How better mental health supports could reduce reliance on police, restraining students in schools
Schools face 'impossible choice' with violent students, but there are better options, says Manitoba teacher
A recent CBC article outlined a report that described "shocking" methods used to restrain and confine students in Manitoba schools.
The piece included details of students being restrained with soft cuffs and isolated in rooms for hours.
The cases in which the parents of the child were allegedly not informed are particularly concerning. As the report detailed, these incidents involved many neurologically diverse students, including those with autism spectrum disorder.
What the report did not detail is the impossible choice that schools are often forced to make.
As a teacher, I have witnessed students who can enter a violent state of mind and body for hours at a time.
I have also witnessed parents who are either unable or unwilling to pick up their child from school when they are in this state.
The problem is that schools have no middle choice between restraining or confining a child and calling the police.- Patrick Boyd
In these cases a school is left with three options.
The first is to allow the student to hurt themselves or others. The second is to confine or restrain the child. The third is to call the police.
The first is out of the question, as no reasonable person would argue for doing nothing in these cases. Confining or restraining students are the shocking and extreme measures revealed in the report. The third option criminalizes a child who is having a mental health crisis.
None of these are desirable options.
It is logical to ask "why is a child who is experiencing such an extreme mental health crisis even at school?" Obviously, the reasons for this will be complex and difficult to determine with certainty.
However, I would suggest that policies of "inclusion" — without the funding and supports needed to make neurologically diverse students feel welcomed and comfortable in their schools — could be a common cause of such incidents.
While including students with these challenges in regular classrooms has many advantages, it needs to be done correctly and with necessary supports.
Frustrated, anxious students
Often "inclusion" is used as a way to pull funding from programs designed for neurologically diverse students, and then place those students into "mainstream" classrooms with little consideration or support for the specific student's needs.
These students end up feeling frustrated or bored in a classroom that is not designed for them.
They feel anxious and out of place around students who are more adept at the social and academic skills the school system values.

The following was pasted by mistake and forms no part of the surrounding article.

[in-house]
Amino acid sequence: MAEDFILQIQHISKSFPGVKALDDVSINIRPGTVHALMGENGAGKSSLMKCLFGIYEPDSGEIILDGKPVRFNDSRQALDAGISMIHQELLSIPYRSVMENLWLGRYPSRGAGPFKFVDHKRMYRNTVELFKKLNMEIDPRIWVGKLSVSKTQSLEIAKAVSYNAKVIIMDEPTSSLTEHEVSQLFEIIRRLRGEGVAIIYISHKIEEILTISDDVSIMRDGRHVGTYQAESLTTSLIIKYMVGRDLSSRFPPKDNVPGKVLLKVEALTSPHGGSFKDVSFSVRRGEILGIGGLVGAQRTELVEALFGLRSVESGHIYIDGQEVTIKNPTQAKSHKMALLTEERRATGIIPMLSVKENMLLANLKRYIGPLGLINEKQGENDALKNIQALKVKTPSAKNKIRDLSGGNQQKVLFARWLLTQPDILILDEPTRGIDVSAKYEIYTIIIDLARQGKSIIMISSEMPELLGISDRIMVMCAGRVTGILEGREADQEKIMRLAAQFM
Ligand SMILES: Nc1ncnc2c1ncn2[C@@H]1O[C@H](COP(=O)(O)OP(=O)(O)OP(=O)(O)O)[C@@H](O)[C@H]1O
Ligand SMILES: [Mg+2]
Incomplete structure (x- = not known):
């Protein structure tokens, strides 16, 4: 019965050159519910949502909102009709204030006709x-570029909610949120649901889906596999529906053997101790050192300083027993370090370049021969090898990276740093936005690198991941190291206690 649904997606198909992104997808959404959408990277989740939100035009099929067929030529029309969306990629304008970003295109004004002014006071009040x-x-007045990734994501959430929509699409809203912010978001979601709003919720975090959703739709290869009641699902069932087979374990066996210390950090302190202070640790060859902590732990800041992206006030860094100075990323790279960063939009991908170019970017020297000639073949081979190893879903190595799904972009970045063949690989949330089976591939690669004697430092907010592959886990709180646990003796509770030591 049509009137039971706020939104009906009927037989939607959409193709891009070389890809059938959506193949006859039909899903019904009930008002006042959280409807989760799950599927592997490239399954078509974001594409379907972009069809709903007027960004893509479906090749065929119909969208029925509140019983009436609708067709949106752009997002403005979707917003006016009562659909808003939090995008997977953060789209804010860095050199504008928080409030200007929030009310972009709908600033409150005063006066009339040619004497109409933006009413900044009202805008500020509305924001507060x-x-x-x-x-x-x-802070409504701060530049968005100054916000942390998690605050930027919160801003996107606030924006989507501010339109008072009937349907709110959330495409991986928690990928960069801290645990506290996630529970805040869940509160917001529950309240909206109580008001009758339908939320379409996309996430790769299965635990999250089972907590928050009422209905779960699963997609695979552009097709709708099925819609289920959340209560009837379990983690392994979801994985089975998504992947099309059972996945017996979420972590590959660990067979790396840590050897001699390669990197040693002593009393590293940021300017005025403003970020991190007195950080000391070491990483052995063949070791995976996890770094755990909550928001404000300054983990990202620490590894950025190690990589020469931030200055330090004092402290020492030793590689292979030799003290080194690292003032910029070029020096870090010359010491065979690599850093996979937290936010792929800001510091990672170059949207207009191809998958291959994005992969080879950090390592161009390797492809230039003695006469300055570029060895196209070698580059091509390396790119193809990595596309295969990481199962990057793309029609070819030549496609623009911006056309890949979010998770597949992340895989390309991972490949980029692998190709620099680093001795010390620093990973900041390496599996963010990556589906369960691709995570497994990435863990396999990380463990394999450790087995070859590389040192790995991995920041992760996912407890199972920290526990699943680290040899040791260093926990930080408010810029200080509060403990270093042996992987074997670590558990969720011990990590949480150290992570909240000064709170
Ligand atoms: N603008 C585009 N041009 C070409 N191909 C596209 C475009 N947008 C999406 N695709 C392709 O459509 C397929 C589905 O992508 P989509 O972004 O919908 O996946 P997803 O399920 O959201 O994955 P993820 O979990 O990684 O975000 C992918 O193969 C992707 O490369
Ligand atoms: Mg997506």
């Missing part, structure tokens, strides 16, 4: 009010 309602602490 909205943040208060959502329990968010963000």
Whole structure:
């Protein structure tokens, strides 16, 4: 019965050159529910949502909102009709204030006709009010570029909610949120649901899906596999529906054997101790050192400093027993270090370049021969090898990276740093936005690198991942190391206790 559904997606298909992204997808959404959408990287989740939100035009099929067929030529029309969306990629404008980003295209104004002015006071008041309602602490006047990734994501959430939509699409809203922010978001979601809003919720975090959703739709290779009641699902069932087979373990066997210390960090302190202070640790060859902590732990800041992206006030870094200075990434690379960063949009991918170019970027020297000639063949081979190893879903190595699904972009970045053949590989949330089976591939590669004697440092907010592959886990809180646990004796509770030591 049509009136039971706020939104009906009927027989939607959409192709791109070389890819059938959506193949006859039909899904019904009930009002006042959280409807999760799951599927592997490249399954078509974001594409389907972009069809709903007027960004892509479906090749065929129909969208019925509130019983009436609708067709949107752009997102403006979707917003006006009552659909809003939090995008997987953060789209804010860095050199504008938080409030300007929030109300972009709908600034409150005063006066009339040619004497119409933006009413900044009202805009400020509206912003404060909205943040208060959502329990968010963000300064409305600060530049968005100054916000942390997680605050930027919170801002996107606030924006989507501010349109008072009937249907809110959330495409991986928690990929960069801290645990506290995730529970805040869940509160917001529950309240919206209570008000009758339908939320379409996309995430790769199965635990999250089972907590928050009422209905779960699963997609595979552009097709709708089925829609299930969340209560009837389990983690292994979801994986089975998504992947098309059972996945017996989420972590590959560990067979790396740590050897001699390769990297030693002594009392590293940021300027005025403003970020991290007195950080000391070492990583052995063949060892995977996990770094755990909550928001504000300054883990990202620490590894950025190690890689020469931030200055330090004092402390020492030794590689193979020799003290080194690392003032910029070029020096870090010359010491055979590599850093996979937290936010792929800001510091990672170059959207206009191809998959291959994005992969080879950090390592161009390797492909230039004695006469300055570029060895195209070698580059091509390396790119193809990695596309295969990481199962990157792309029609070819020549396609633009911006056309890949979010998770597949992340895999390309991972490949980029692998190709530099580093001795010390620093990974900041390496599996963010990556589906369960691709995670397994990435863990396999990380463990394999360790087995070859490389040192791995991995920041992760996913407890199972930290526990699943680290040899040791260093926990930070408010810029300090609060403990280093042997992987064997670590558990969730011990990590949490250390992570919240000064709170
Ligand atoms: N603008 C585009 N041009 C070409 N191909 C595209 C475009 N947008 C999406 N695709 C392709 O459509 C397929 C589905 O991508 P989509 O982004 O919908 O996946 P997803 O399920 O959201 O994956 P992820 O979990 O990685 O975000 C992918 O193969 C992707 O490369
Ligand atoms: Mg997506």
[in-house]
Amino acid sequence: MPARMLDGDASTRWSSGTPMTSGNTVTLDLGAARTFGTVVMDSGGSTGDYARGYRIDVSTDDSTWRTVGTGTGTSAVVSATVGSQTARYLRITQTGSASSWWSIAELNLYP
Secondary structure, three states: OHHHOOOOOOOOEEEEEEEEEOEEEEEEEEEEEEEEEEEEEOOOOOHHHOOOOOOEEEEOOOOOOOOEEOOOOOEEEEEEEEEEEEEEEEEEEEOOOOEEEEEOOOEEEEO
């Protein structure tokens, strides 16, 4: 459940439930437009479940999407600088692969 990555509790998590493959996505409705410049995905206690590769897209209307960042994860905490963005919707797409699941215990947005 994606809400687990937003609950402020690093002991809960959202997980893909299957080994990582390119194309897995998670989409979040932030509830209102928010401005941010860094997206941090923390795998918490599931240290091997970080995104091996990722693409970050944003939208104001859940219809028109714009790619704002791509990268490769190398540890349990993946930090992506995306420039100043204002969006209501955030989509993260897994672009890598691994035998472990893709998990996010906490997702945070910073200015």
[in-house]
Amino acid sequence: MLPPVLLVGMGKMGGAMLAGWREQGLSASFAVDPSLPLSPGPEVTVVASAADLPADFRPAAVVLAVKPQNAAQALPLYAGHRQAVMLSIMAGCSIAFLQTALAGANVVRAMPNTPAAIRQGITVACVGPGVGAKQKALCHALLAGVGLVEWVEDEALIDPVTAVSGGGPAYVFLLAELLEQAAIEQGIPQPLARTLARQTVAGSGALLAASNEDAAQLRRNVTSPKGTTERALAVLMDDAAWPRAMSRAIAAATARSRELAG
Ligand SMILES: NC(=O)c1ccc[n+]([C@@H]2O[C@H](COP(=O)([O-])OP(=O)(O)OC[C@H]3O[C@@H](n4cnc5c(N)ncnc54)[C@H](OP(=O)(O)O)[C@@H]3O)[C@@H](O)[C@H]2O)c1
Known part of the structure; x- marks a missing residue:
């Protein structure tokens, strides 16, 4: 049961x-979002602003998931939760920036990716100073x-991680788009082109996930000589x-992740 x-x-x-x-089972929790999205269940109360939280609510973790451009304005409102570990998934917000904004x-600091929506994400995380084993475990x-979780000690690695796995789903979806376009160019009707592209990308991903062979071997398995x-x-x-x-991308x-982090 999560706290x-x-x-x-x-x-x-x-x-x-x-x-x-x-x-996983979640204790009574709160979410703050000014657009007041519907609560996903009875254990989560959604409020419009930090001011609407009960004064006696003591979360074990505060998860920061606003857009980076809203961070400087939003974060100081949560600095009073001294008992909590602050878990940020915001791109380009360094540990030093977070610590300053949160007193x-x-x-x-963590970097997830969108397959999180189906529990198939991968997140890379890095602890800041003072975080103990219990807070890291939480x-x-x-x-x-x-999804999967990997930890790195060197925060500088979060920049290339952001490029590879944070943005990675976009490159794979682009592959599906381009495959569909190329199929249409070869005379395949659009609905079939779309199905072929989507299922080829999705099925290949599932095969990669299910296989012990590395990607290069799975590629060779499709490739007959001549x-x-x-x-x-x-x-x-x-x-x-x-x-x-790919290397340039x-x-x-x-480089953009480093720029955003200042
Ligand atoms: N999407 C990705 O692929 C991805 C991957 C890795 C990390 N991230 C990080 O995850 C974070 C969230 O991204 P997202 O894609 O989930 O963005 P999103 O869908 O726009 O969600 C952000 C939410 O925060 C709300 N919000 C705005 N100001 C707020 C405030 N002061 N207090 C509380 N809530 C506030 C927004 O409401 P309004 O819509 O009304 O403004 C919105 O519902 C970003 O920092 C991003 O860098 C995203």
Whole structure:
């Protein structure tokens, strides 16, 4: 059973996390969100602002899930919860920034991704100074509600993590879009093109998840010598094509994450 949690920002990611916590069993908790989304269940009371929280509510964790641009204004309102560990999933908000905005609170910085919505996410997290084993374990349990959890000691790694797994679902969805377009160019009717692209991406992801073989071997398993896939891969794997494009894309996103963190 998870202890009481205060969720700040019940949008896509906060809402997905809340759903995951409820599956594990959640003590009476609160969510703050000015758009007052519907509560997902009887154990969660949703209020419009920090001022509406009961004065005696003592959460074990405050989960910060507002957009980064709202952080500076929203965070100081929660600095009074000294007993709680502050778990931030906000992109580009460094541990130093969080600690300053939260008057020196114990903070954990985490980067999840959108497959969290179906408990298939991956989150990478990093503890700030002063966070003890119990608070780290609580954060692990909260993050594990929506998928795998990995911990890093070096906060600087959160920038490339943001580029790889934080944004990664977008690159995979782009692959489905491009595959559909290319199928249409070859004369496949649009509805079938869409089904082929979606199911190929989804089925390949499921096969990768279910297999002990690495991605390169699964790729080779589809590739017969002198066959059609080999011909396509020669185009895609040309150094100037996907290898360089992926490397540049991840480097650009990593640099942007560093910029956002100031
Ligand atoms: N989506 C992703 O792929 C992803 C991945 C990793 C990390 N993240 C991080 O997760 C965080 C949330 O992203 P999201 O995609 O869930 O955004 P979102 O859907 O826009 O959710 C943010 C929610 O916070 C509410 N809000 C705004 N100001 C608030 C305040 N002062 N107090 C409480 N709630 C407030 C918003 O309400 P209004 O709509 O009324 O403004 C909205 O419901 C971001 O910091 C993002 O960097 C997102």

Consider that these feelings are recurring, day in and day out, for a student who is unable to express how he or she feels in socially acceptable ways.
That is a recipe for the extreme behaviours that led to the extreme measures described above.
The problem is that schools have no middle choice between restraining or confining a child and calling the police.
School staff are not restraining these children because they want them out of their hair. They are doing it because the child is a danger to themselves and others, and they do not want a person with a uniform and a gun coming into an elementary school to remove a child.
Police generally have less training in dealing with an autistic child in crisis, compared to school staff. The difference is that police can restrain and remove the child from the school, without fear of losing their job.
Given the recent interest in restructuring police budgets and dedicating more money to social services and crisis intervention professionals, it is worth thinking about how this might look in the context of schools.
Fund mental health crisis responders
Resources dedicated to police to field these calls would be more effective if allocated in two ways.
The first is to fund mental health crisis responders for schools. These individuals would be trained in how to de-escalate situations where children are experiencing extreme behaviours.
They could also have the training and the capacity to safely restrain a child if necessary.
The second is to fund better supports for neurologically diverse students in the school. Incidents of extreme mental crises would therefore be less frequent, and the need to call for help from outside the school would also be less necessary.
It is terrible to think of vulnerable students confined or restrained at their place of learning.
But it is worse to think of elementary school as a child's first encounter in a lifetime of encounters with a system that treats people like criminals — all because their minds don't work the same way that ours do.